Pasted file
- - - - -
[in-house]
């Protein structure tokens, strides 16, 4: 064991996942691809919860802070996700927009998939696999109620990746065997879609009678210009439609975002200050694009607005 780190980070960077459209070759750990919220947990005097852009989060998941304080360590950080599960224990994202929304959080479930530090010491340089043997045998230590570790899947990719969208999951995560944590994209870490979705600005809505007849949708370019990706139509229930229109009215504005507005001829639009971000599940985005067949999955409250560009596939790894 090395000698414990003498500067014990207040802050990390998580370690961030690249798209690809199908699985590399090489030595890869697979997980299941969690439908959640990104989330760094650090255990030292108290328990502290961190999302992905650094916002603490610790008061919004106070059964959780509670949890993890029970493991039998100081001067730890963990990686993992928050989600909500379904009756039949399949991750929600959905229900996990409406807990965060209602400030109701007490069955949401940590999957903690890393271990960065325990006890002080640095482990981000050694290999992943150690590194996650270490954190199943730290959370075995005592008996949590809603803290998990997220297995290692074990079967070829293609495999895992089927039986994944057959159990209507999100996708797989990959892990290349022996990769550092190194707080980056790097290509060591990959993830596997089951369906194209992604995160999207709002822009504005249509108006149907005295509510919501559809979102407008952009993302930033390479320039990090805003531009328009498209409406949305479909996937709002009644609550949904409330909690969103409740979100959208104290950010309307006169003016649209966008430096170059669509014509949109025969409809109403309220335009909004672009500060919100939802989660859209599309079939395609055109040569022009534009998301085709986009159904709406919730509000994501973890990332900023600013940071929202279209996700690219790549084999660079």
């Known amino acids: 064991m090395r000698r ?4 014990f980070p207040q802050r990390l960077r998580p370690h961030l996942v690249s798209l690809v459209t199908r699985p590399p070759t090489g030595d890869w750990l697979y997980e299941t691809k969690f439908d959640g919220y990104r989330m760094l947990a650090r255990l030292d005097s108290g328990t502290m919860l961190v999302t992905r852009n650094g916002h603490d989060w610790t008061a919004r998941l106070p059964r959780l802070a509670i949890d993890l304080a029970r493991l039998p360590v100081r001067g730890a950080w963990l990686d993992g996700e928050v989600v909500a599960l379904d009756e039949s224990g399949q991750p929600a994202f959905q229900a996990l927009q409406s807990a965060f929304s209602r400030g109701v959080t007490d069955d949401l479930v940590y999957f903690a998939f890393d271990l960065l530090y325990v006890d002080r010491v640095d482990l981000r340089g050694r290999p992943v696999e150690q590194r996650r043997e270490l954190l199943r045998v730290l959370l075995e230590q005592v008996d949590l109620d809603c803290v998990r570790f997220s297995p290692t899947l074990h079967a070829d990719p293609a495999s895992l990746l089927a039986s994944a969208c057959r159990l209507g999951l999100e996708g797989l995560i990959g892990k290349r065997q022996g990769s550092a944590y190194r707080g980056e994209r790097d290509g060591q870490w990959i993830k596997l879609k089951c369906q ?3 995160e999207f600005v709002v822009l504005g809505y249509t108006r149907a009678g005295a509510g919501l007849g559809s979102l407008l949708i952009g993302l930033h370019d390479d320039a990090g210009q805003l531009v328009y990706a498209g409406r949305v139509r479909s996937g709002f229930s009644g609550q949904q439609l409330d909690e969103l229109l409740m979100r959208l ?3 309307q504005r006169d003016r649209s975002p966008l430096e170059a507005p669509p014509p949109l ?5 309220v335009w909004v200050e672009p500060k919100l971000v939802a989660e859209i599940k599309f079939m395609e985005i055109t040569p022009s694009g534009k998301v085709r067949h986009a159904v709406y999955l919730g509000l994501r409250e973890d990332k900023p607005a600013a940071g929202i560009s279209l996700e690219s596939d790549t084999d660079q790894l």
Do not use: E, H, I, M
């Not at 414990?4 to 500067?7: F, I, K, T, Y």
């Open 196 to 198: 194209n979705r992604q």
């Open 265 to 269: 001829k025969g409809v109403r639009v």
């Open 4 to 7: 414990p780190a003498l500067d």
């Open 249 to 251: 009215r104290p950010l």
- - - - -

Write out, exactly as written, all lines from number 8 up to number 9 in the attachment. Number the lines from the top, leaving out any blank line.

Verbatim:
């Open 4 to 7: 414990p780190a003498l500067d």
């Open 249 to 251: 009215r104290p950010l």